Given that Sri Lanka is a tropical island rich in certain resources and having a history that dates back thousands of years, there is a lot of history to explore where the nation is concerned. The beautiful coastal town of Galle is still a prominent attraction, but in her past she was the most significant trade hub in the country. Legend even has it that Galle was the mythical land of Tarshish, from which the biblical King Solomon gathered peacocks, ivory and various other luxury items. Although Galle is no longer the most prominent port of the country, it is still a bustling tourist destination, where you can find many boutique hotels in Sri Lanka from entities such as Mosvold Hotels.
The Maritime Museum situated in Galle provides one of the most comprehensive, as well as fascinating, journeys through the history of Sri Lanka, with a strong emphasis on her seafaring antiquity. Although the museum was heavily damaged due to the tsunami that took place in 2004, thanks to a grant from Netherlands, the National Maritime Museum has since returned, with many added facilities.
At the start you will discover many life-size dioramas depicting the lifestyle of ancient civilisations that existed in Sri Lanka as well as scenes from more recent history. These dioramas are known for their life-like appearances.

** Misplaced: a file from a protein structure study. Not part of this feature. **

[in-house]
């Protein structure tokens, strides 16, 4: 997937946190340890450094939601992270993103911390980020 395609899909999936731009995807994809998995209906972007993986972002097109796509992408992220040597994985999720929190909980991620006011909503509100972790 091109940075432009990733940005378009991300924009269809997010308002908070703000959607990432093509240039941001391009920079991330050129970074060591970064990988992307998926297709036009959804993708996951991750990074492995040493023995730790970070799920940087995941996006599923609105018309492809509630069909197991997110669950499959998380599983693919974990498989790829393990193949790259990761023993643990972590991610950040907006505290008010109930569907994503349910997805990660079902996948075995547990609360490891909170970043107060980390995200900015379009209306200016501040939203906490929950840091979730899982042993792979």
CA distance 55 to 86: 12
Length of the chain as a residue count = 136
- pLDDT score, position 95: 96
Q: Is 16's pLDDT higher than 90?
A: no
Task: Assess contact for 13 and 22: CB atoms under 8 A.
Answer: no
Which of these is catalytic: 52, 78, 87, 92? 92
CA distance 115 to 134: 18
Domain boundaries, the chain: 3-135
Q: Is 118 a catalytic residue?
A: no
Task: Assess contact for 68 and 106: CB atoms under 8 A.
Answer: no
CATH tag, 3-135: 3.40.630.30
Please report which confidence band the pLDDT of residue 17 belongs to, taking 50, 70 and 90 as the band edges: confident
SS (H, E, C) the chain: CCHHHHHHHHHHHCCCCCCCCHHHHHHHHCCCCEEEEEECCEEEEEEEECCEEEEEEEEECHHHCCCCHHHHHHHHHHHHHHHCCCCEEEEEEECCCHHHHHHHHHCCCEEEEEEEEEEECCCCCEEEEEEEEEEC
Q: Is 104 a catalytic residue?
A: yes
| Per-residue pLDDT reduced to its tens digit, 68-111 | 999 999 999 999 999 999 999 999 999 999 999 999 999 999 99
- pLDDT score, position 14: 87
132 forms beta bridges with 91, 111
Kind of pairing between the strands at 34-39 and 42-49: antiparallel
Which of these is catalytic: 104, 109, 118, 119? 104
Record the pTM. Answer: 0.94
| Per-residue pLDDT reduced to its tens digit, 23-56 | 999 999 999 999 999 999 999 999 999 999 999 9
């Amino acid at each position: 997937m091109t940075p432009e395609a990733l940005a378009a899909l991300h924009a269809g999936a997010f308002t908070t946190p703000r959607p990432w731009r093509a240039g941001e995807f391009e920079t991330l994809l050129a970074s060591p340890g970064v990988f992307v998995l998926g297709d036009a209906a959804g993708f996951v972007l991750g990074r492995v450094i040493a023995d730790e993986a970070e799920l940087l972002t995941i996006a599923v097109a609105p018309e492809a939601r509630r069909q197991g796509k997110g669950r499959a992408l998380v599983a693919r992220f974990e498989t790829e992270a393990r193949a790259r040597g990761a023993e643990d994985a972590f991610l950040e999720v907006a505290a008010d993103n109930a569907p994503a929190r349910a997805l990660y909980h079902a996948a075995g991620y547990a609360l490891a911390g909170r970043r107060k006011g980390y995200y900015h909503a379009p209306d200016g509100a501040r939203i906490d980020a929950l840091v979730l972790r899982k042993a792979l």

Although many of the museum’s priceless artefacts were lost to the tsunami, along with the entire UNESCO Archaeological Marine Unit, still to be seen and experienced at the museum. There are many items still intact, such as ceramics collected from Chinese vessels, to models of various ships ranging from traditional fishing boats to naval vessels.
Perhaps the best experiences the museum has to offer are the captivating presentations that take place in its hall that explain the maritime history of Sri Lanka, the stories of various shipwrecks around the island, as well as educating people on the causes of ocean pollution and how to combat these things. A visit to this place is essential.